By Graeme Colley
For anyone who had a pension in place on 1 July 2017 when the super changes commenced or started one after that time the value of the pension is counted against their Transfer Balance Cap (TBC). Most people who are currently in receipt of a pension have a TBC of $1.6 million but a small number in receipt of defined benefit pensions, such as life expectancy or lifetime pensions may have a higher TBC. This article is about those who have a TBC of $1.6 million.
A person’s TBC restricts the amount that can be transferred into pension phase so that any income on investments supporting the pension remains tax exempt. Any change in the balance of the pension due to pension payments or fluctuation in the balance due to the value of the underlying investments do not impact on the amount counted for a person’s TBC. However, converting some or all of the pension to a lump sum (commutation) will reduce the amount counted against the person’s TBC.
The TBC is not to be confused with a person’s Total Superannuation Balance (TSB) which is calculated on the total amount a person has in all superannuation funds as at 30 June in the previous financial year. The TSB determines whether non-concessional contributions can be accepted by the fund and whether a person qualifies for other types of contribution concessions such as the co-contribution or bring forward concessional contributions. For example, a person with a TSB greater than $1.6 million will be penalised if they make non-concessional contributions to the fund.
Since 1 July 2017 the TBC has been $1.6 million but is to be indexed from 1 July 2021 as permitted by the tax legislation. Indexation is based on changes in the Consumer Price Index and any change in the cap takes place in increments of $100,000. Thus the increase to $1.7 million.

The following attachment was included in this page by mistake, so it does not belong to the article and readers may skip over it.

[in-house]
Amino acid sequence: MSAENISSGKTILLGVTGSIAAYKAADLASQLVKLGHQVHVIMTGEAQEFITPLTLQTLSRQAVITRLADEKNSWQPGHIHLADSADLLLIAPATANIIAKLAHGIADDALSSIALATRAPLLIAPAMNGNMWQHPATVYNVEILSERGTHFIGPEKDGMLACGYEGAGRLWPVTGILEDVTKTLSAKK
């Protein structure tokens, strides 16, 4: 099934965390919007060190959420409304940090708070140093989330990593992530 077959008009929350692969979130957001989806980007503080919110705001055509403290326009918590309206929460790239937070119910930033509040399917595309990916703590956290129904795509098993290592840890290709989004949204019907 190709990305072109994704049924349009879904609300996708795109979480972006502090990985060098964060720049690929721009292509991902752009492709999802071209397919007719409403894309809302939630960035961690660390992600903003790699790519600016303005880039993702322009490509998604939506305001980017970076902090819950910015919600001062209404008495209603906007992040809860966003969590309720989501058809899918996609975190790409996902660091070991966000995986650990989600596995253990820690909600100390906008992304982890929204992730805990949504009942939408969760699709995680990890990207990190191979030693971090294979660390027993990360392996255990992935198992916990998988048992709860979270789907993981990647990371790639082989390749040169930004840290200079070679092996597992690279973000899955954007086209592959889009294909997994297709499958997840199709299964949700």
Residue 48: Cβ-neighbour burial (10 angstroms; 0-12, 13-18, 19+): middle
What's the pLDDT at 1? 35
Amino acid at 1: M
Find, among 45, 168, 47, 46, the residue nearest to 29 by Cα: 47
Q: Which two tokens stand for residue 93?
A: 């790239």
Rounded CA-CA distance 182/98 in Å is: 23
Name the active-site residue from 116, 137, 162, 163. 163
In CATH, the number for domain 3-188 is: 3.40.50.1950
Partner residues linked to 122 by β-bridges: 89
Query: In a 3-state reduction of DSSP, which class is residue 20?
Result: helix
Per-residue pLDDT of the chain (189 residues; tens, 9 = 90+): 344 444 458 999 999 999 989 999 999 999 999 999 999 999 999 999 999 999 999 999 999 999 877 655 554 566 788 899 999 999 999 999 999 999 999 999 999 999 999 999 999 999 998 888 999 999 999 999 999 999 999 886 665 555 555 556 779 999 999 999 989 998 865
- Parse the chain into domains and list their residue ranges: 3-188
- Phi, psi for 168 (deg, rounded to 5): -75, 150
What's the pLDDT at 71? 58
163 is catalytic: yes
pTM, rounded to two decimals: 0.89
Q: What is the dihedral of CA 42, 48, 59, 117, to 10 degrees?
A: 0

The main issue with the indexation of the TBC is that anyone who has already used up the whole of the $1.6 million cap will not get access to the increased amount. However, anyone who has not used up all of their $1.6 million cap will be entitled to a proportional increase in the indexed amount. Anyone who has not commenced a pension from their super fund will have the opportunity of the increased TBC amount of $1.7 million. If that sounds confusing then here are a few case studies to show you how it works:
Let’s assume someone was receiving an account based pension from their super fund which had a balance of $1 million on 1 July 2017 when the new rules commenced. At that time the balance would have been counted as a credit against their TBC. On 1 July 2020 they commenced another account based pension with $600,000 which is also credited to their TBC. As the total amount counted against their TBC is $1.6 million they have used up all of their cap and won’t get access to the $1.7 million indexed threshold.
In this case study a person commenced a pension on 1 September 2019 with $1.2 million and has not commenced another pension since. With the increase in the TBC on 1 July 2021 the person will get a proportional increase in their TBC. As they have used up 75% of their TBC then they will be entitled to 25% of the increase in the TBC due to indexation. This means that their TBC will increase by $25,000 (25% of $100,000) to $1,625,000 in view of the unused proportion of the TBC they have not used.
This case study covers someone aged 60 who plans to commence their first pension from their super fund on 31 December 2021. As they haven’t used any of their TBC they will be entitled to the whole of the indexed cap of $1.7 million.
As you can see from the above case studies whether someone is entitled to a higher TBC due to indexation depends on the proportion of the cap that has been used previously. Anyone who is yet to commence a pension may get access to the full indexed cap amount but anyone who had a pension in place since 1 July 2017 may only get access to a proportion of the indexed amount.